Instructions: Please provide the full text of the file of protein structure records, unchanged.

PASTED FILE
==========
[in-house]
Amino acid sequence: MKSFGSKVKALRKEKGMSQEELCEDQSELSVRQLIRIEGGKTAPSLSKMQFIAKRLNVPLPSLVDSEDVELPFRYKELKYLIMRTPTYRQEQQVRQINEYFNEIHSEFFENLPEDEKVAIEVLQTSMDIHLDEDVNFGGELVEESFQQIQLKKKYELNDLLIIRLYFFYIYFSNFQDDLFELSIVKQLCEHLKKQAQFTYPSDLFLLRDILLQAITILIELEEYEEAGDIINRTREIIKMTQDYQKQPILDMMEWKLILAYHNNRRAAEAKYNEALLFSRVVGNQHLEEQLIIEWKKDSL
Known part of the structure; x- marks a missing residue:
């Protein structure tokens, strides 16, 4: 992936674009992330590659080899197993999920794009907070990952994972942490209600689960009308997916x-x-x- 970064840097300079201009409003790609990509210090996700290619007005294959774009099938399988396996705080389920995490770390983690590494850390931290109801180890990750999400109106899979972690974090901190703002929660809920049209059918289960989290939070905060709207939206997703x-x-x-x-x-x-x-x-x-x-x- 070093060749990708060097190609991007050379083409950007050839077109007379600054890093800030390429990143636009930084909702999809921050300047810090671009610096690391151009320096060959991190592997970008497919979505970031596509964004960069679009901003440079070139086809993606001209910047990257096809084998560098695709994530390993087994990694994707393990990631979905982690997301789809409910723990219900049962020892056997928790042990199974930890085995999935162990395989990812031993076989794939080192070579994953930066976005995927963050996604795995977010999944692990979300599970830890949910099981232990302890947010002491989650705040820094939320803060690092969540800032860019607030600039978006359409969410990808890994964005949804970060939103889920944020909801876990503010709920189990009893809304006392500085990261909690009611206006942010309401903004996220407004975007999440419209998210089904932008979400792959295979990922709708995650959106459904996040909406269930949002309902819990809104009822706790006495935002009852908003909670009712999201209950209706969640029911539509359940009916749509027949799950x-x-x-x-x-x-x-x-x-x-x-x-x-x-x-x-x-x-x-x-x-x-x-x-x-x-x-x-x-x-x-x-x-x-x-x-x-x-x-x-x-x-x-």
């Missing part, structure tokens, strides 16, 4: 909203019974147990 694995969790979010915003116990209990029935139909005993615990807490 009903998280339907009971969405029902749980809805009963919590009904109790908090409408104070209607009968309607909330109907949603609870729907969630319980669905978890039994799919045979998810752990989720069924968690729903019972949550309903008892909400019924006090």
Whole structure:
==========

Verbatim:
[in-house]
Amino acid sequence: MKSFGSKVKALRKEKGMSQEELCEDQSELSVRQLIRIEGGKTAPSLSKMQFIAKRLNVPLPSLVDSEDVELPFRYKELKYLIMRTPTYRQEQQVRQINEYFNEIHSEFFENLPEDEKVAIEVLQTSMDIHLDEDVNFGGELVEESFQQIQLKKKYELNDLLIIRLYFFYIYFSNFQDDLFELSIVKQLCEHLKKQAQFTYPSDLFLLRDILLQAITILIELEEYEEAGDIINRTREIIKMTQDYQKQPILDMMEWKLILAYHNNRRAAEAKYNEALLFSRVVGNQHLEEQLIIEWKKDSL
Known part of the structure; x- marks a missing residue:
């Protein structure tokens, strides 16, 4: 992936674009992330590659080899197993999920794009907070990952994972942490209600689960009308997916x-x-x- 970064840097300079201009409003790609990509210090996700290619007005294959774009099938399988396996705080389920995490770390983690590494850390931290109801180890990750999400109106899979972690974090901190703002929660809920049209059918289960989290939070905060709207939206997703x-x-x-x-x-x-x-x-x-x-x- 070093060749990708060097190609991007050379083409950007050839077109007379600054890093800030390429990143636009930084909702999809921050300047810090671009610096690391151009320096060959991190592997970008497919979505970031596509964004960069679009901003440079070139086809993606001209910047990257096809084998560098695709994530390993087994990694994707393990990631979905982690997301789809409910723990219900049962020892056997928790042990199974930890085995999935162990395989990812031993076989794939080192070579994953930066976005995927963050996604795995977010999944692990979300599970830890949910099981232990302890947010002491989650705040820094939320803060690092969540800032860019607030600039978006359409969410990808890994964005949804970060939103889920944020909801876990503010709920189990009893809304006392500085990261909690009611206006942010309401903004996220407004975007999440419209998210089904932008979400792959295979990922709708995650959106459904996040909406269930949002309902819990809104009822706790006495935002009852908003909670009712999201209950209706969640029911539509359940009916749509027949799950x-x-x-x-x-x-x-x-x-x-x-x-x-x-x-x-x-x-x-x-x-x-x-x-x-x-x-x-x-x-x-x-x-x-x-x-x-x-x-x-x-x-x-």
């Missing part, structure tokens, strides 16, 4: 909203019974147990 694995969790979010915003116990209990029935139909005993615990807490 009903998280339907009971969405029902749980809805009963919590009904109790908090409408104070209607009968309607909330109907949603609870729907969630319980669905978890039994799919045979998810752990989720069924968690729903019972949550309903008892909400019924006090």
Whole structure: